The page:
posted on Jan, 26 2008 @ 08:24 PM
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reply to post by Canada_EH
 



Yes iskander you are the OP but seeing as its a public forum and the post isn't actually your property you can't force it to be closed.


This is not an issue of property, just basic courtesy. I’m not forcing anything; I’m respectfully making a request, as you your self pointed out;


You have respectfully requested that it be closed but it up to mods to decide wether or not the they will close it.


I have filed a grievance, I’m perusing it, and since I no longer consider the nature of this topic to be in good faith, and in order to avoid all kinds of negativity, I’m asking my request to be respected, and a new thread started, since the issue of my complaint regarding my thread is still ongoing.

edit:spl


[edit on 26-1-2008 by iskander]



posted on Jan, 27 2008 @ 04:52 AM
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Hang on there iskander, that can't be right?

I understand that you were unhappy with the way the discussion was moving and specifically because of this I and other members have made a definite effort to get the thread back on track.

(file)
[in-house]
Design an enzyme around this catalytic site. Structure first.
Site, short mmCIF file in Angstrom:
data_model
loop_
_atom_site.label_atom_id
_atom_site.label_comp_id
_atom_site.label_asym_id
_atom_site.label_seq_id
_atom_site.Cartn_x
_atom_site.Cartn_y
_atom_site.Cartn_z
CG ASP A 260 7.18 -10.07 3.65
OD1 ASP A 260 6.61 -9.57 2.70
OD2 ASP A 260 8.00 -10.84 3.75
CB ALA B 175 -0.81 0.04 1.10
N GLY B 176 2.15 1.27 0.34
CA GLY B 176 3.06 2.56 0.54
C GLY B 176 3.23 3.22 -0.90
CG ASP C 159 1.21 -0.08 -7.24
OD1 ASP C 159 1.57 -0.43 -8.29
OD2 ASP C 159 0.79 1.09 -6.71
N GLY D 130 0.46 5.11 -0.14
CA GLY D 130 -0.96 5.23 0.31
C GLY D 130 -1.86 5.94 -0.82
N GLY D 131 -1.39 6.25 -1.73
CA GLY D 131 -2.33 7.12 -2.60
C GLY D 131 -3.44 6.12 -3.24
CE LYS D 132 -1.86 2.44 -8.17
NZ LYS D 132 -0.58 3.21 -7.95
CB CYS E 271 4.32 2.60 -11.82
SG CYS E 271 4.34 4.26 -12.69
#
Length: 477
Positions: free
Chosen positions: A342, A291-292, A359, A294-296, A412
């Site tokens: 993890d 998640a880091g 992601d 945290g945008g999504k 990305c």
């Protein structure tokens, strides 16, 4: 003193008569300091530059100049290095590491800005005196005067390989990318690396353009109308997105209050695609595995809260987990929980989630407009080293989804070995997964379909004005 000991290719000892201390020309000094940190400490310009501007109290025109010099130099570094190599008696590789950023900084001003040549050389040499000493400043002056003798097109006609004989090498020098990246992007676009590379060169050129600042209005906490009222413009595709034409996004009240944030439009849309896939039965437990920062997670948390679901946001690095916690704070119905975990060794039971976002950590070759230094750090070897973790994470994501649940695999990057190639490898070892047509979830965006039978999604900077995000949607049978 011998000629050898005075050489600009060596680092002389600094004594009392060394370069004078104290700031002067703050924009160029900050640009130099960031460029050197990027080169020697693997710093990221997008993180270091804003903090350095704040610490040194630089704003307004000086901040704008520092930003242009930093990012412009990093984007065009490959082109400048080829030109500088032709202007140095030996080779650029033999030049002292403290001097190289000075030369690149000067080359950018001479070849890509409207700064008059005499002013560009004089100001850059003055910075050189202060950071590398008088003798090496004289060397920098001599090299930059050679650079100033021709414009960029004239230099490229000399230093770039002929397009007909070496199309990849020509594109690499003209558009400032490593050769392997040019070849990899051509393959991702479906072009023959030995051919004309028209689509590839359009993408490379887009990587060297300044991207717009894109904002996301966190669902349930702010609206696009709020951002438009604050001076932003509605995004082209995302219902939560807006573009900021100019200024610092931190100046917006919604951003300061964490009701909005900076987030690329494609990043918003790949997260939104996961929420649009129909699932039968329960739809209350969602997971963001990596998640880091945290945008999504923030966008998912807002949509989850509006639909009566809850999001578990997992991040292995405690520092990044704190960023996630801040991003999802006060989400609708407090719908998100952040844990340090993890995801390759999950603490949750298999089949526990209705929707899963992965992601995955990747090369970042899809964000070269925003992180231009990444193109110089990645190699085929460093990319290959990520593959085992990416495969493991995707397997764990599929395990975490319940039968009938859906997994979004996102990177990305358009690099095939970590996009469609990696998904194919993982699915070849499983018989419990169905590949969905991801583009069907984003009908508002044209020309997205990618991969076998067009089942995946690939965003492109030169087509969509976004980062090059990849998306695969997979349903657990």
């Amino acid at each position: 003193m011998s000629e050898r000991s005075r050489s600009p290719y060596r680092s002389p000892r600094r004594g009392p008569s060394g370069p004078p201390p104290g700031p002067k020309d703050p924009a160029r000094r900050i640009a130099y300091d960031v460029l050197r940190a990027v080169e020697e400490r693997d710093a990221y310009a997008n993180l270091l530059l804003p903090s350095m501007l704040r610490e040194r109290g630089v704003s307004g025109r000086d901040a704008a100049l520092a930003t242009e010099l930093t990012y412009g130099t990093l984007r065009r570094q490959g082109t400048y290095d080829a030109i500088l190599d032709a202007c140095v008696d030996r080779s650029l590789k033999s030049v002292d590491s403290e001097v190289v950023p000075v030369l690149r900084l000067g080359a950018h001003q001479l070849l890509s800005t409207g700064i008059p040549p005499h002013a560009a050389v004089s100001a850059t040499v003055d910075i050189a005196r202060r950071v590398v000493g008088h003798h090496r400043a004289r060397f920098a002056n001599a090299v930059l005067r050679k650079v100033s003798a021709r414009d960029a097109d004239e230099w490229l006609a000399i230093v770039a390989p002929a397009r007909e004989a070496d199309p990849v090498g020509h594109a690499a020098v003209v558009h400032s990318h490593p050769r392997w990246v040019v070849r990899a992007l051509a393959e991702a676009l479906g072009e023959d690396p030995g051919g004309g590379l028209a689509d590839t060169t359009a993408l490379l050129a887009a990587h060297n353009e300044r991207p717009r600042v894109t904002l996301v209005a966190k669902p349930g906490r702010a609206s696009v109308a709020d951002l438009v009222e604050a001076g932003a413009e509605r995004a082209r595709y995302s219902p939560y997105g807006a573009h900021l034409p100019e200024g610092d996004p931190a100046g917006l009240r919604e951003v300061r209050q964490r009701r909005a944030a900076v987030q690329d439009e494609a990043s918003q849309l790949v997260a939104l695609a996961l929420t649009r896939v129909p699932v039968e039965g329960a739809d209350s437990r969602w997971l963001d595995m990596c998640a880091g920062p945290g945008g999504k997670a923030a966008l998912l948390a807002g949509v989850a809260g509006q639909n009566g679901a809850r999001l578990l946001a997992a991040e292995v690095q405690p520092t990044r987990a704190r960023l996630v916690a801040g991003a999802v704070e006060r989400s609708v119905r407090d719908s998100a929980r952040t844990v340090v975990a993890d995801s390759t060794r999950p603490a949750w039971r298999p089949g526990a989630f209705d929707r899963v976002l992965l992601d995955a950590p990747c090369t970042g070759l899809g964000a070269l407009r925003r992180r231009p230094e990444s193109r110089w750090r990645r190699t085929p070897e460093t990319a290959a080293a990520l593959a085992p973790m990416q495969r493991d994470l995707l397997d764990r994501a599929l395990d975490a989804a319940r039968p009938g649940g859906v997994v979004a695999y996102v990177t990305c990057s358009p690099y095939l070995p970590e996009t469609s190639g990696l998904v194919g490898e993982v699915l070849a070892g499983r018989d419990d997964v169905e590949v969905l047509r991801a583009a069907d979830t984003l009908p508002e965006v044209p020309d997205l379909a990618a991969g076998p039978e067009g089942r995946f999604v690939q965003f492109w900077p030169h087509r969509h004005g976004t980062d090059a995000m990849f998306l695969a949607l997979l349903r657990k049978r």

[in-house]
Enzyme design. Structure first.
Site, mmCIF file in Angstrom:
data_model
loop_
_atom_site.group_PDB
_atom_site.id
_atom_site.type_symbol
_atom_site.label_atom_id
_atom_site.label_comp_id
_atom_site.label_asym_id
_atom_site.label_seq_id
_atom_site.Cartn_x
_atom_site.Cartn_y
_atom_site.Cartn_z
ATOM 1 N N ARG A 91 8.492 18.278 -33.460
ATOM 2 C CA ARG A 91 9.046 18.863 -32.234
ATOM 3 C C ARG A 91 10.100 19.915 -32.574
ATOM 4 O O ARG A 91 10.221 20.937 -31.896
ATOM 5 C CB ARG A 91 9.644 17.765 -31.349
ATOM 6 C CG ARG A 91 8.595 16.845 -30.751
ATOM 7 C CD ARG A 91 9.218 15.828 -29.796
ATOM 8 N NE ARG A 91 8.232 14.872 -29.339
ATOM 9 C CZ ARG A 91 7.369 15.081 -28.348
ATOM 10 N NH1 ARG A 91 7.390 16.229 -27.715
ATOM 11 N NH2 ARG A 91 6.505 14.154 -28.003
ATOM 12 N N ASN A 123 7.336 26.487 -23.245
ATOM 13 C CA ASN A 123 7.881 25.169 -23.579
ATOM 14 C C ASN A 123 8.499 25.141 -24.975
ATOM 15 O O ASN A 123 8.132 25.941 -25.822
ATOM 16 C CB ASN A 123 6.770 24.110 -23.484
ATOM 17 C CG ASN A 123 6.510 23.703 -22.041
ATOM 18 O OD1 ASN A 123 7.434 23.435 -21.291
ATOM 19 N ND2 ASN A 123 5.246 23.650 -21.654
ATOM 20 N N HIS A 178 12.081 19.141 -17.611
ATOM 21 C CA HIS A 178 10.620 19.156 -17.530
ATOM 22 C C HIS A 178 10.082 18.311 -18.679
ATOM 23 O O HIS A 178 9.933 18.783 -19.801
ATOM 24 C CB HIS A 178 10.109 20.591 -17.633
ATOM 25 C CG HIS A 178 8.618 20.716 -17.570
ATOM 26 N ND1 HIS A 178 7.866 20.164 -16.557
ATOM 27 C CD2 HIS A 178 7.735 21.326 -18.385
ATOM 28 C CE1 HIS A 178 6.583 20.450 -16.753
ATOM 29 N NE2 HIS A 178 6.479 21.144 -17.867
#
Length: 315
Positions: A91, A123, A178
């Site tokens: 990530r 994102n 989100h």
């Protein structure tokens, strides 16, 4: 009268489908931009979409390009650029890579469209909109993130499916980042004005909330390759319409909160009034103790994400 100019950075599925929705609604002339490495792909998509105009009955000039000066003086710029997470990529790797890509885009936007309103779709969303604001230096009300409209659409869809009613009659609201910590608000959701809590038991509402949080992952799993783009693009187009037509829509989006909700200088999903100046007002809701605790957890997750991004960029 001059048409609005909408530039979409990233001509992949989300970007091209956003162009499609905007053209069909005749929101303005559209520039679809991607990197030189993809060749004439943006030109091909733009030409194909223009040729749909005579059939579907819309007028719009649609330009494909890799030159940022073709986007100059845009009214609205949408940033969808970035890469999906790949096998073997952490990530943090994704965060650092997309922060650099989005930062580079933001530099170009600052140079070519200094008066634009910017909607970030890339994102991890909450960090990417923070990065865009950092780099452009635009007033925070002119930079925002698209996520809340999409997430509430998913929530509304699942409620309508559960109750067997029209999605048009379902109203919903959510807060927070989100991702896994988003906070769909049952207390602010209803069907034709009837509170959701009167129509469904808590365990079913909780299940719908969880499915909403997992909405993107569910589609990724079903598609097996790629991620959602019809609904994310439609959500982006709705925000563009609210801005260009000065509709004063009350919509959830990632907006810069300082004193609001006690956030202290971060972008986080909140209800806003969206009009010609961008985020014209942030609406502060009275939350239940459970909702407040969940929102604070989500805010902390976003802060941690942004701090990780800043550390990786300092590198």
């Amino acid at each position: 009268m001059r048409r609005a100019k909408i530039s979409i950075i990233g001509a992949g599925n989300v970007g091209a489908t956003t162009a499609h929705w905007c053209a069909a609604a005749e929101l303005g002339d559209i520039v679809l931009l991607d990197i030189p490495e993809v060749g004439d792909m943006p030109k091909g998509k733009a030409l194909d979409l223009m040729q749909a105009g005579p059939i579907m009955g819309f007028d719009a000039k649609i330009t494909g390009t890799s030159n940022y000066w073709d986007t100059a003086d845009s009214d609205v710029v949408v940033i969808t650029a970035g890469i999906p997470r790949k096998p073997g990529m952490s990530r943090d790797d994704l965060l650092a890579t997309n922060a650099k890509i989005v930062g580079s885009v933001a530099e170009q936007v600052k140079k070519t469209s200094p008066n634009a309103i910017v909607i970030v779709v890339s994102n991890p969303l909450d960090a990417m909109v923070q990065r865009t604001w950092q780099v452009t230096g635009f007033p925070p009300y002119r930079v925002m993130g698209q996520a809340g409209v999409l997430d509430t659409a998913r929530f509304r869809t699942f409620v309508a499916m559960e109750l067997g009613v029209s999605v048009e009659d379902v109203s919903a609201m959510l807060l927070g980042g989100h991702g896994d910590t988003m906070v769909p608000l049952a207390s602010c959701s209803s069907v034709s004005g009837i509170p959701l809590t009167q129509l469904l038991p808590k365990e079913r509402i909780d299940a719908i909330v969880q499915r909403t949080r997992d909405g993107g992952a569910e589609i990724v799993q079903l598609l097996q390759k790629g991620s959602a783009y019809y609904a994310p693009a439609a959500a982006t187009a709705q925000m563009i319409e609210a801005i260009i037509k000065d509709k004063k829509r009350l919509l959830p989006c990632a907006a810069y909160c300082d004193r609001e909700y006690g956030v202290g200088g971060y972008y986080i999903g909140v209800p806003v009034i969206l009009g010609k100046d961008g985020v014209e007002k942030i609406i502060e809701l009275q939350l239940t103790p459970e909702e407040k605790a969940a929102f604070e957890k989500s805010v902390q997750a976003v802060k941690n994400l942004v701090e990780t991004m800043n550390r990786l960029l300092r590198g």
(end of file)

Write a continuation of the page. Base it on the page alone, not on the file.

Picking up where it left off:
I have asked you specific questions related to claims you made in the thread and yet rather than address these questions you want the thread closed?

You may see the LWF posts as being off topic but, as Canada EH has pointed out, a knowledge of the background that led to the F-16 coming into being is essential. after all, why were certain designs rejected? why were decisions taken that led to the F-16 being selected and do these decisions stand up to scrutiny? Northrop themselves proposed a single F100 powerd design, the P630, and I have looked into why they did not pursue it, I have found that they spent so much time developing an efficient intake interface for the twin engined P600 they felt unhappy with the interface for the P630 and so decided to pursue the twin engined proposal due to a lack of time. This is something I did not know before but at least it does not appear that Northrop were concerned with twin engine safety, which is the answer I was expecting to find, so you see it is relevant. This part of the discussion is only just beginning, maybe it should have been tackled sooner.

It does look a bit odd that now that relevant questions are being posed you decide you want the thread closed. I ask again, do you have any information on why you consider the F-5 superior?